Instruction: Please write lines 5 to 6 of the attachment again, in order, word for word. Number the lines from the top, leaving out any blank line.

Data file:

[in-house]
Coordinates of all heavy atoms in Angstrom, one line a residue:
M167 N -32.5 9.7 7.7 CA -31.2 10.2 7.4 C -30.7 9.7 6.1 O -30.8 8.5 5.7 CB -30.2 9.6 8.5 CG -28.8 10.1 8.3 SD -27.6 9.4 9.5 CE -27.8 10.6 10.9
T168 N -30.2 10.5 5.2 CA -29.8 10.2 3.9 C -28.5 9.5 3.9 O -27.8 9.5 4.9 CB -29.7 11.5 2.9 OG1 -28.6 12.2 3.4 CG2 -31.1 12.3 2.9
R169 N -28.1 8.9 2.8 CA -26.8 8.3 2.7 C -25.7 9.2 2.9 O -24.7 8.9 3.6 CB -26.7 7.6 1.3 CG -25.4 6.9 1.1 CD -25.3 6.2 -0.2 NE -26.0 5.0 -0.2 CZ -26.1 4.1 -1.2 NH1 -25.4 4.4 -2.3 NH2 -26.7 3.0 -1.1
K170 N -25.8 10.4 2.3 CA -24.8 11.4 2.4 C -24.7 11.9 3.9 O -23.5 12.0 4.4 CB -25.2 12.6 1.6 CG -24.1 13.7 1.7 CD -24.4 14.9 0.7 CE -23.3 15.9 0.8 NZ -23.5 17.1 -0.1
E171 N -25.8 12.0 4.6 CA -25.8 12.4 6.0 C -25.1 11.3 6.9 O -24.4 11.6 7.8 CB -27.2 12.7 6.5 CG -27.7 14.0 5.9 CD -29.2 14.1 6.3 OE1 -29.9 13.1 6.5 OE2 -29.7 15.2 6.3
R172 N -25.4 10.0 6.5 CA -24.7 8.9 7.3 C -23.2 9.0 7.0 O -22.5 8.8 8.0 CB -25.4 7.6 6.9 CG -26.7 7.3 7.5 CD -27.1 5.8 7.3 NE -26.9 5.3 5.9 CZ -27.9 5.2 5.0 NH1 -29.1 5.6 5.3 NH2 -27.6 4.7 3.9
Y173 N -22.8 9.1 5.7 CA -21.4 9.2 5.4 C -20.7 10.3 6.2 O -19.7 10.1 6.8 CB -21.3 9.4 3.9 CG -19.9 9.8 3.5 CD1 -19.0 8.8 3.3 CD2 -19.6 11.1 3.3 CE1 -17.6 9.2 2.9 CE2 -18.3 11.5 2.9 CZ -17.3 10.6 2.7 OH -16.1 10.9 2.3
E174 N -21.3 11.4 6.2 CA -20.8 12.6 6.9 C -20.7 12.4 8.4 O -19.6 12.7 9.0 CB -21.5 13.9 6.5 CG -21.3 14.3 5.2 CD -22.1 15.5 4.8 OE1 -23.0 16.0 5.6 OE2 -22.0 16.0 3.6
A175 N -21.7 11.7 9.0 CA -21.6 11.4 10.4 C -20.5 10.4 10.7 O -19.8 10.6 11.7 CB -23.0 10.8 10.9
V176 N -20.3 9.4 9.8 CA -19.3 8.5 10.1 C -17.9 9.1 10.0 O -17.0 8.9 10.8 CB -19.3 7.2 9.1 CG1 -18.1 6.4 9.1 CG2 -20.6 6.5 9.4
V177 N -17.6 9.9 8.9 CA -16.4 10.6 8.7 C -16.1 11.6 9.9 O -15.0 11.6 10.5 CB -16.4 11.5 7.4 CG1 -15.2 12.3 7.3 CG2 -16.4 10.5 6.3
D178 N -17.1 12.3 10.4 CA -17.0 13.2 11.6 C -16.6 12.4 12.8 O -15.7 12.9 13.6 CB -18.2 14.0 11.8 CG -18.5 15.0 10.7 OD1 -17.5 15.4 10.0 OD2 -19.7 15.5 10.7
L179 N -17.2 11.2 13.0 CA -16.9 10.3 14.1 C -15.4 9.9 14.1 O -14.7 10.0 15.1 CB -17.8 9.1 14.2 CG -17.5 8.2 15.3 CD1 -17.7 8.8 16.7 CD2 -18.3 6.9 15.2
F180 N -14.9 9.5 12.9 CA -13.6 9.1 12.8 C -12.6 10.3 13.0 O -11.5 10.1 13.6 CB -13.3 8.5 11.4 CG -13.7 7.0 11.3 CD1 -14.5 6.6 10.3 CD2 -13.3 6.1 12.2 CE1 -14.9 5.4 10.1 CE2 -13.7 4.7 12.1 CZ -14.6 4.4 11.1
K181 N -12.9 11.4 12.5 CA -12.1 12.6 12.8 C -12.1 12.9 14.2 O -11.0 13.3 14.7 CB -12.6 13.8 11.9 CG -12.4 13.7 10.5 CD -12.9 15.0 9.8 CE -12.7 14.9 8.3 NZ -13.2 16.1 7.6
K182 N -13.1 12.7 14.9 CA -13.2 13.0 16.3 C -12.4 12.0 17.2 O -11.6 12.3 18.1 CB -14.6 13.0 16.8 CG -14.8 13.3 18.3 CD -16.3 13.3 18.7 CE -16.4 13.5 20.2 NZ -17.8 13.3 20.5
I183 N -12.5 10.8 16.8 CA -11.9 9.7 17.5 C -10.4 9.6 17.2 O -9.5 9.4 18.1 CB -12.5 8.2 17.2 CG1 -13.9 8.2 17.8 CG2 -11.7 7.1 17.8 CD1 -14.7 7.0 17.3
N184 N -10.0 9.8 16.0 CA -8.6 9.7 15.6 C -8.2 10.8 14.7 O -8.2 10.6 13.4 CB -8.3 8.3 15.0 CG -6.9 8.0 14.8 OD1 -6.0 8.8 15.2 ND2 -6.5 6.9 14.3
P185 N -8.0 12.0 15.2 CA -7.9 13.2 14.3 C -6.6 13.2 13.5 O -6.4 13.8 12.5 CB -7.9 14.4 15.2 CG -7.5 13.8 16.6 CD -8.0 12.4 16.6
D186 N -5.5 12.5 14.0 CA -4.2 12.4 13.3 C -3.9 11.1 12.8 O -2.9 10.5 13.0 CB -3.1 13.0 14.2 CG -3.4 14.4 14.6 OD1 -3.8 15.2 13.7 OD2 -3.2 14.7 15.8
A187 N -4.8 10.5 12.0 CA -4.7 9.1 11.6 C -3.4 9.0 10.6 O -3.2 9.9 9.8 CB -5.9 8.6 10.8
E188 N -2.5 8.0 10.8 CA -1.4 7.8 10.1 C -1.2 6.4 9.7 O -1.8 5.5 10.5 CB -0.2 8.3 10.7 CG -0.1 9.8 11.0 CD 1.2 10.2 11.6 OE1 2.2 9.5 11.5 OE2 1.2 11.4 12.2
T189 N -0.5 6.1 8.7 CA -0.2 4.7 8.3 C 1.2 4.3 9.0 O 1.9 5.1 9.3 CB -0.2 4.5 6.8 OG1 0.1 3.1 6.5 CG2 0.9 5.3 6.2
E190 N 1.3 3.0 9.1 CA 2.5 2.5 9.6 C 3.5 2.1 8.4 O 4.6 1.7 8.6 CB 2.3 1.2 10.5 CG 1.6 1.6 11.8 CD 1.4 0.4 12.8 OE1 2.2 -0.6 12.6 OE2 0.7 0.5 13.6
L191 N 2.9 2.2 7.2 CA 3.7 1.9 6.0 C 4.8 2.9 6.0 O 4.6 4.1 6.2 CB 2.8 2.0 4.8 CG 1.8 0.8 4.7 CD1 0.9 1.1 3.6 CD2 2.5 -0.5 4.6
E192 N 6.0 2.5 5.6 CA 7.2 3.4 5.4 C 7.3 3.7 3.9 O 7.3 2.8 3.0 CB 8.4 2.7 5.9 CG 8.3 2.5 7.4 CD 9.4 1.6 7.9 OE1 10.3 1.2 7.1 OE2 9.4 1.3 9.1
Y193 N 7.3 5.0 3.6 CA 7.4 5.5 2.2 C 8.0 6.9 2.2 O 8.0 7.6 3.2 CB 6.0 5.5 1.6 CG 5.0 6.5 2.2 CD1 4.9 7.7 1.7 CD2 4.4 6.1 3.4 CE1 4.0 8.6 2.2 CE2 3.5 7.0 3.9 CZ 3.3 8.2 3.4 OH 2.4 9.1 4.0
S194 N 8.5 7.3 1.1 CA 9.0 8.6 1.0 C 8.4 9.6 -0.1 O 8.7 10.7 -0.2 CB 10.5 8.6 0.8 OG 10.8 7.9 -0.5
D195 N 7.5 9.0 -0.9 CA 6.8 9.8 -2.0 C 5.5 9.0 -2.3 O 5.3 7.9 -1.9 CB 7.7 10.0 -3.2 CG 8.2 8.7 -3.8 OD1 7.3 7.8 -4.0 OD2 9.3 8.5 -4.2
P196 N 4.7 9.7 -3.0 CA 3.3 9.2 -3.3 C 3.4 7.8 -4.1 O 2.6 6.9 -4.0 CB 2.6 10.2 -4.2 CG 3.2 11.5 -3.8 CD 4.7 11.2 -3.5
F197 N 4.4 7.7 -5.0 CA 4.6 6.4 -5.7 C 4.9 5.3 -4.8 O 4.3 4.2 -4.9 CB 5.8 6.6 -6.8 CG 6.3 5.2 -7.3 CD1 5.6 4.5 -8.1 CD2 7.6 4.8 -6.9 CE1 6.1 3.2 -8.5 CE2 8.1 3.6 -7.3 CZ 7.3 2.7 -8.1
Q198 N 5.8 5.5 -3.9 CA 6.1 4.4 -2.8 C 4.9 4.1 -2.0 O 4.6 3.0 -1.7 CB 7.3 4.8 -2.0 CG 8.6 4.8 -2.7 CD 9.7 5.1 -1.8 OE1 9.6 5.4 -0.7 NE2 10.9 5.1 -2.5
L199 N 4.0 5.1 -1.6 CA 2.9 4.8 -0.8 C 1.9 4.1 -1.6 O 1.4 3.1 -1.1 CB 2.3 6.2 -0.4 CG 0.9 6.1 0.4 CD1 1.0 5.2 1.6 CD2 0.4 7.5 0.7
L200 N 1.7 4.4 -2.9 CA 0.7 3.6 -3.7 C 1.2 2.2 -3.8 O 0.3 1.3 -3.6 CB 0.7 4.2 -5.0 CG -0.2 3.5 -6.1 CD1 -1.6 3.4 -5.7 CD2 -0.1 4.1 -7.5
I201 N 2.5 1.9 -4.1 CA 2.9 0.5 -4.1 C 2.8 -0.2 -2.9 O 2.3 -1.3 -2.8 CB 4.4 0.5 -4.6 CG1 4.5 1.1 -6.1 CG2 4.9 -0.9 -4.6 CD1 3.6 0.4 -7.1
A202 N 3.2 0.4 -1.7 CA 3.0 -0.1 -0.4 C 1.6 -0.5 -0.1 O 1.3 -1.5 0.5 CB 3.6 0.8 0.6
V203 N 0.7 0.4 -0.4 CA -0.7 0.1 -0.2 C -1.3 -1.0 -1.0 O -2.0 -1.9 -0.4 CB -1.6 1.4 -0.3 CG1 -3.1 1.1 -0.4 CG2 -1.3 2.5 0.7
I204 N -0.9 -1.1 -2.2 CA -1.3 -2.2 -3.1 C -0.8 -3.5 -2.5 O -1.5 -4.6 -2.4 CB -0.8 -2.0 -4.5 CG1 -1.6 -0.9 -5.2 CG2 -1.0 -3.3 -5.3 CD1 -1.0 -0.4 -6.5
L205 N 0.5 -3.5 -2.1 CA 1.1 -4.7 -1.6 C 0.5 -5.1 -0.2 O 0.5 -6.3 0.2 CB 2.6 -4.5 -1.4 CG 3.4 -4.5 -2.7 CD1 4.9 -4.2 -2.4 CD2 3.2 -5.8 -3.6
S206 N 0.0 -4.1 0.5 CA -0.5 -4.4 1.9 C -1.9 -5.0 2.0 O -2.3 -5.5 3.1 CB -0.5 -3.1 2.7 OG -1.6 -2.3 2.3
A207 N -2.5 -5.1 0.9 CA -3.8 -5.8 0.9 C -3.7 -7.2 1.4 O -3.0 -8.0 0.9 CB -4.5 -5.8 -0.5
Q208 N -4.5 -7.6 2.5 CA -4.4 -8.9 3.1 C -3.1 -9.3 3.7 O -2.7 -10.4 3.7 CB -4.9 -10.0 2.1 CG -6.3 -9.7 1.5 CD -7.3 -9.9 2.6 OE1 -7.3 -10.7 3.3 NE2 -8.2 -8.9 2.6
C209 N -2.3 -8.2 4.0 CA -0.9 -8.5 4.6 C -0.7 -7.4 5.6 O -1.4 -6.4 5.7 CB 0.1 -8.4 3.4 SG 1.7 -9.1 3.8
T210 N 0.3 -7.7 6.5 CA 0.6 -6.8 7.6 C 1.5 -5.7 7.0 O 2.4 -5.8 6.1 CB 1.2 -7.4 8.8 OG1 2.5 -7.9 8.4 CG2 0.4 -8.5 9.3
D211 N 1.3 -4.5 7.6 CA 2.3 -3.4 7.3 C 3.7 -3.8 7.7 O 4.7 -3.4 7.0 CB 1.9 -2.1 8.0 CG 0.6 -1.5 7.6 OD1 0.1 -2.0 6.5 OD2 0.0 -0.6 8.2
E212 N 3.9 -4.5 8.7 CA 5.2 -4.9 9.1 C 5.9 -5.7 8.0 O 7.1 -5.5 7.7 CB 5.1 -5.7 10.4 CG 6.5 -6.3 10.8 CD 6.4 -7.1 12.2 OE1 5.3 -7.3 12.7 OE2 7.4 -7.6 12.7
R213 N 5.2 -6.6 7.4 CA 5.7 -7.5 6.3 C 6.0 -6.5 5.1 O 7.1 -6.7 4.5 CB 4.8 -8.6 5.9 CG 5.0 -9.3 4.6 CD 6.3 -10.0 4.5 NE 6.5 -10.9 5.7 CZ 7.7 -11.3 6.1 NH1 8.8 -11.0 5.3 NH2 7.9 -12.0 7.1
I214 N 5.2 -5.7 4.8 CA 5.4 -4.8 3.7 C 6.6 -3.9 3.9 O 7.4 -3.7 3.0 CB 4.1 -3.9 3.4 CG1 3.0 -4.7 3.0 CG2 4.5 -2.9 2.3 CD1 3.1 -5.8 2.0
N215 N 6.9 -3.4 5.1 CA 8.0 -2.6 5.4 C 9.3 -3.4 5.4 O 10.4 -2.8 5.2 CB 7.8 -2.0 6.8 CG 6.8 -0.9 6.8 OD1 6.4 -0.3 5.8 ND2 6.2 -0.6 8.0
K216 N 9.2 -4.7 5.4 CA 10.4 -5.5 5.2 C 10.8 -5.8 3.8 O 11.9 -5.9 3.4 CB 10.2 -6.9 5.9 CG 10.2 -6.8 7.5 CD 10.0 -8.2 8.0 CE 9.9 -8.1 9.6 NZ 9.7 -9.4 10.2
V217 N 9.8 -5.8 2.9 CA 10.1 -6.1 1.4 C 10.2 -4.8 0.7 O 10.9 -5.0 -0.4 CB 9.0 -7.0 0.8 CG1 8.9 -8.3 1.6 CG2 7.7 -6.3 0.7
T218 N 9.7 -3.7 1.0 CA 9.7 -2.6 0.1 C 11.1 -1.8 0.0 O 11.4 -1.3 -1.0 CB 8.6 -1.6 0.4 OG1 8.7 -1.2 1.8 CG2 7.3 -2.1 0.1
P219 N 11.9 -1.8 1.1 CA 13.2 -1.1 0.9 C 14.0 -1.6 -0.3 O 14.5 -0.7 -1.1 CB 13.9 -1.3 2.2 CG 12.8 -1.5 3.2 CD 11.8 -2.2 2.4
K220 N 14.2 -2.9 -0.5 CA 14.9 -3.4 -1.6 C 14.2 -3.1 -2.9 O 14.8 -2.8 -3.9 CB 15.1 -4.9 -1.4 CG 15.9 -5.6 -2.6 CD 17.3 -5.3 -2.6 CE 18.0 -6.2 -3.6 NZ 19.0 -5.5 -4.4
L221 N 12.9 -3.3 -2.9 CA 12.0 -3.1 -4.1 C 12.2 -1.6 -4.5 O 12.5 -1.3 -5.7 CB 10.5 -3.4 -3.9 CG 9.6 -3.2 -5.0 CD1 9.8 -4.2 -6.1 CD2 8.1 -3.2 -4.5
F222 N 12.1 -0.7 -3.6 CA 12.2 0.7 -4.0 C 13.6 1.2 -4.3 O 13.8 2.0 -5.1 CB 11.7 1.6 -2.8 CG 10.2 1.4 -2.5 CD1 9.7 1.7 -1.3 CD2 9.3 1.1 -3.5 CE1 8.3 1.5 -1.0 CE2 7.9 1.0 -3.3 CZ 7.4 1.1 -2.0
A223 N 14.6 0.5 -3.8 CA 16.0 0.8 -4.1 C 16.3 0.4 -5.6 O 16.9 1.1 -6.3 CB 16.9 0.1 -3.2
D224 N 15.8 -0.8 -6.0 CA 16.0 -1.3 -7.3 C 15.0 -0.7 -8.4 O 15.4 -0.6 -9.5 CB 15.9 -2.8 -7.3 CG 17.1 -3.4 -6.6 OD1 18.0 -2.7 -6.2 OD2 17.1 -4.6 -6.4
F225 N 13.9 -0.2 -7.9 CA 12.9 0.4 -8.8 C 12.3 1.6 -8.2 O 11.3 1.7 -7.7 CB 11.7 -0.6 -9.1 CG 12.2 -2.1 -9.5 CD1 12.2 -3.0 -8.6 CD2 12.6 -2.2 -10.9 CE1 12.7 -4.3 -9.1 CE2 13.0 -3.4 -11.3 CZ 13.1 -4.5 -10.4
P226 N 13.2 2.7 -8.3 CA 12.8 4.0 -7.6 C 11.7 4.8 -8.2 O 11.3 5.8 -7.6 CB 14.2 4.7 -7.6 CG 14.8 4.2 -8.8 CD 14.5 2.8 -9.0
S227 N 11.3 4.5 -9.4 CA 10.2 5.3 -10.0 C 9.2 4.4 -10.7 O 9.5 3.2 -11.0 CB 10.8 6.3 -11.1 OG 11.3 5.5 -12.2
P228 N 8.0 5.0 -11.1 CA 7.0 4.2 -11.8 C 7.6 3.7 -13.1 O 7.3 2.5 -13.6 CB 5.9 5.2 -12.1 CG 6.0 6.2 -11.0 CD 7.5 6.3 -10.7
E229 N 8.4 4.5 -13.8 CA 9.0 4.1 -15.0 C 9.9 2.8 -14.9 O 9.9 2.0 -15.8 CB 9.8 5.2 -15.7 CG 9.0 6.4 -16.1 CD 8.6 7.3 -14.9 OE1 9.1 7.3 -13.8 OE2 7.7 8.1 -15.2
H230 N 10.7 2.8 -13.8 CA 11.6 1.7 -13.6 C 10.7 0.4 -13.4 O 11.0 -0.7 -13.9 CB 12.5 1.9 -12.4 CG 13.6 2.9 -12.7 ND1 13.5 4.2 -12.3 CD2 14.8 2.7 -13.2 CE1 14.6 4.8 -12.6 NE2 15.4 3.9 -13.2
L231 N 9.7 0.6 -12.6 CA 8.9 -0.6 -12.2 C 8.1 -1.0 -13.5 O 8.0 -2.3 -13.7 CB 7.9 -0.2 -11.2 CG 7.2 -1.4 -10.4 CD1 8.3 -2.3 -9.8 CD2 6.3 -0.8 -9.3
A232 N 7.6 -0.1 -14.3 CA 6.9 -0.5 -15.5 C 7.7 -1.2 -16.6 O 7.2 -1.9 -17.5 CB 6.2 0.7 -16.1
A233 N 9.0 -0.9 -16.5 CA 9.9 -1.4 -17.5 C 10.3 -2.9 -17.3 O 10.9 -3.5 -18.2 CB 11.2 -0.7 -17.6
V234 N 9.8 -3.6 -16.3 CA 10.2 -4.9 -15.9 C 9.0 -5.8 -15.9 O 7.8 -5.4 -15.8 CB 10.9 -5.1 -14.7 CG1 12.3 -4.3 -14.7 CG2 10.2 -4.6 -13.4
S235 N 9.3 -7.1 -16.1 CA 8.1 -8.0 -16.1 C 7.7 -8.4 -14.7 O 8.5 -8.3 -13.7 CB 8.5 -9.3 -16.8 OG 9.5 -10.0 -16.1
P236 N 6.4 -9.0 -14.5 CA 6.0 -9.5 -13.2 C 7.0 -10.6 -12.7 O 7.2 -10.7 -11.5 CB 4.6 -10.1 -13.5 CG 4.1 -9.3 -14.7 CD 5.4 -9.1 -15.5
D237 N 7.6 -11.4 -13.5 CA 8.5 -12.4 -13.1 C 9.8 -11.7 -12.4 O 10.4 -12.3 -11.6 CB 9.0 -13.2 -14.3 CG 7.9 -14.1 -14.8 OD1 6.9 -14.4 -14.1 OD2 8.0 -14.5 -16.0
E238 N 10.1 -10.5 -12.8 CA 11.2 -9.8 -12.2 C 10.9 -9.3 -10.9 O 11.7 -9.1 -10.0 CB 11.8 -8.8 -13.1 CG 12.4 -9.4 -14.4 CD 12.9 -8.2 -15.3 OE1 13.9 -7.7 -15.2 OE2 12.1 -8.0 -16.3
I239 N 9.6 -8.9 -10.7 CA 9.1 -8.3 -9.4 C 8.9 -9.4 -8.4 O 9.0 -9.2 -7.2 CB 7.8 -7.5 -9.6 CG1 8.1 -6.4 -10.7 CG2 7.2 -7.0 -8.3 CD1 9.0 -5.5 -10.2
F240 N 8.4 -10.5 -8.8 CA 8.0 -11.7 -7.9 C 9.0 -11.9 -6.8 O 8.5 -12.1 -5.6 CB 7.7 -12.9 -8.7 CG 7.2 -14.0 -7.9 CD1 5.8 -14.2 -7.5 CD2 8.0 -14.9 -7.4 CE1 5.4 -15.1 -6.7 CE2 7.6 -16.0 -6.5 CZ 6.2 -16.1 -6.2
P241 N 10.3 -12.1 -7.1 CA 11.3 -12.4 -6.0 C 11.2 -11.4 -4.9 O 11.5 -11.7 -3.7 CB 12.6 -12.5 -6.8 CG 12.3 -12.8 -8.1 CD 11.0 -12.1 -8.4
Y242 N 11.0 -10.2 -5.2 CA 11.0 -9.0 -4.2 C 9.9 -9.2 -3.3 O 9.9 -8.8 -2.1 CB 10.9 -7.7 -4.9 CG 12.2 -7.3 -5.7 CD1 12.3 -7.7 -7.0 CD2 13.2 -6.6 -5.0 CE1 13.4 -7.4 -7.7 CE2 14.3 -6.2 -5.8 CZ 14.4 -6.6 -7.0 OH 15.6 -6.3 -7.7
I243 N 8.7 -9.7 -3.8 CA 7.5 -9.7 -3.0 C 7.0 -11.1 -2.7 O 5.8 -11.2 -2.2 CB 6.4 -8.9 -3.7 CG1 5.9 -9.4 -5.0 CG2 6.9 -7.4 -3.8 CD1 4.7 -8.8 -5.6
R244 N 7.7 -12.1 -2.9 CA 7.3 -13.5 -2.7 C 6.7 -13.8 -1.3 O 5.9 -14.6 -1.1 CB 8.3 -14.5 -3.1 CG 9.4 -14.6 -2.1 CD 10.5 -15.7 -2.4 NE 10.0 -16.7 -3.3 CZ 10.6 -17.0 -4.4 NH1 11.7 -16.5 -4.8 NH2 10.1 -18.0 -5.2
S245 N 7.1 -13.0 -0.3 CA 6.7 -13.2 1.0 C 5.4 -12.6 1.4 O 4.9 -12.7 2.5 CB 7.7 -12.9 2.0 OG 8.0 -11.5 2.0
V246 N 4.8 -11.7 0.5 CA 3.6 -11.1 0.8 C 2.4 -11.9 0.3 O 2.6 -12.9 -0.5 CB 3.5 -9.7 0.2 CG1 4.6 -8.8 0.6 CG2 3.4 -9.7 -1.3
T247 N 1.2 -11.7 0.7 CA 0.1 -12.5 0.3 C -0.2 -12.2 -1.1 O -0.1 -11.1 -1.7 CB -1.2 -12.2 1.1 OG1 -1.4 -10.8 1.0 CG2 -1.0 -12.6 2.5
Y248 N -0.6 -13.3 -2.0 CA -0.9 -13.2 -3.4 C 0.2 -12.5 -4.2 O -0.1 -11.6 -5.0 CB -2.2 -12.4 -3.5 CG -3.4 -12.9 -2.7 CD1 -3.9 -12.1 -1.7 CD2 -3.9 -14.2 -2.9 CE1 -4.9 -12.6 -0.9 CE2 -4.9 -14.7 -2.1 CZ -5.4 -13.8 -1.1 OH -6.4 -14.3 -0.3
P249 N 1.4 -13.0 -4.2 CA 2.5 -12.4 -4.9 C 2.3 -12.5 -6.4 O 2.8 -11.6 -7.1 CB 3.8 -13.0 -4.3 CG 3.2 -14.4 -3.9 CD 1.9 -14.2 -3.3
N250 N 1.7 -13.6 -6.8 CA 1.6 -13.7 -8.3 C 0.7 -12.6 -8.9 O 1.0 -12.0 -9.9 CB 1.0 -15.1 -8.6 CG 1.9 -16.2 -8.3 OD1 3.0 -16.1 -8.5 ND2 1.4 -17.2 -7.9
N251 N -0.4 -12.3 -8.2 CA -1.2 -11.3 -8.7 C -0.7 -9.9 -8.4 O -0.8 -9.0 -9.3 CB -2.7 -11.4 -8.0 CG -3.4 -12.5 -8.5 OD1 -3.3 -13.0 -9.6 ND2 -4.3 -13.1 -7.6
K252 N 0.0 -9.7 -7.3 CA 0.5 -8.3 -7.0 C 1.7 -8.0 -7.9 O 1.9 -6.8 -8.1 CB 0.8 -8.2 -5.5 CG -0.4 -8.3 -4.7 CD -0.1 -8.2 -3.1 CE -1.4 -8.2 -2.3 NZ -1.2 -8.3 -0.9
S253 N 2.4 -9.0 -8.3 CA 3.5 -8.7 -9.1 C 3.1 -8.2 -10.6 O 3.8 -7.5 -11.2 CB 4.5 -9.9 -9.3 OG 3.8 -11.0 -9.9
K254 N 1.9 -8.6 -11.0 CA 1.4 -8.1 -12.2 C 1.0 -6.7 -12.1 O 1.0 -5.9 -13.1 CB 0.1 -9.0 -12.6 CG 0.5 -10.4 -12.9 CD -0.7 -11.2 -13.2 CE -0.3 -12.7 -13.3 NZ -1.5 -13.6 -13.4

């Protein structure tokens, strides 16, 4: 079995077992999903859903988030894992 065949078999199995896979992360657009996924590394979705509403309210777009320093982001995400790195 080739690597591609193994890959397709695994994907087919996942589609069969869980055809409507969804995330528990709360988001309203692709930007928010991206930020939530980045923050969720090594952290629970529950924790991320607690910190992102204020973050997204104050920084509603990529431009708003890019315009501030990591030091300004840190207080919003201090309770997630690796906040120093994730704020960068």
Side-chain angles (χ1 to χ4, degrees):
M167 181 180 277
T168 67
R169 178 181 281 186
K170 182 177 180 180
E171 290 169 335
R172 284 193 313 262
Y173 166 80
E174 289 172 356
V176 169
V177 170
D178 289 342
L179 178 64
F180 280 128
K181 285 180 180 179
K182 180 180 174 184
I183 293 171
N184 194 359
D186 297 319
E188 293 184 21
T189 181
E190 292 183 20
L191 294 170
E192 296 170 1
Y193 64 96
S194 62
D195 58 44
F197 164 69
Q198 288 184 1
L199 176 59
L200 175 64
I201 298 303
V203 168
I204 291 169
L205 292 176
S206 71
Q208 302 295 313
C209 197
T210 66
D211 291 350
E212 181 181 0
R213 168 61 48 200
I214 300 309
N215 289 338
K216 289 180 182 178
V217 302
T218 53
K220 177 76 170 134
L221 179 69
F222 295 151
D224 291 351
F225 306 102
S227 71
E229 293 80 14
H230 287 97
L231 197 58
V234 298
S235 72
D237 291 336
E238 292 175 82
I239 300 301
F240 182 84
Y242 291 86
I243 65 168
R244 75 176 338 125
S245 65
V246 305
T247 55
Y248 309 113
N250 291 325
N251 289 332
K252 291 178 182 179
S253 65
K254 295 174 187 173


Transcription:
R169 N -28.1 8.9 2.8 CA -26.8 8.3 2.7 C -25.7 9.2 2.9 O -24.7 8.9 3.6 CB -26.7 7.6 1.3 CG -25.4 6.9 1.1 CD -25.3 6.2 -0.2 NE -26.0 5.0 -0.2 CZ -26.1 4.1 -1.2 NH1 -25.4 4.4 -2.3 NH2 -26.7 3.0 -1.1
K170 N -25.8 10.4 2.3 CA -24.8 11.4 2.4 C -24.7 11.9 3.9 O -23.5 12.0 4.4 CB -25.2 12.6 1.6 CG -24.1 13.7 1.7 CD -24.4 14.9 0.7 CE -23.3 15.9 0.8 NZ -23.5 17.1 -0.1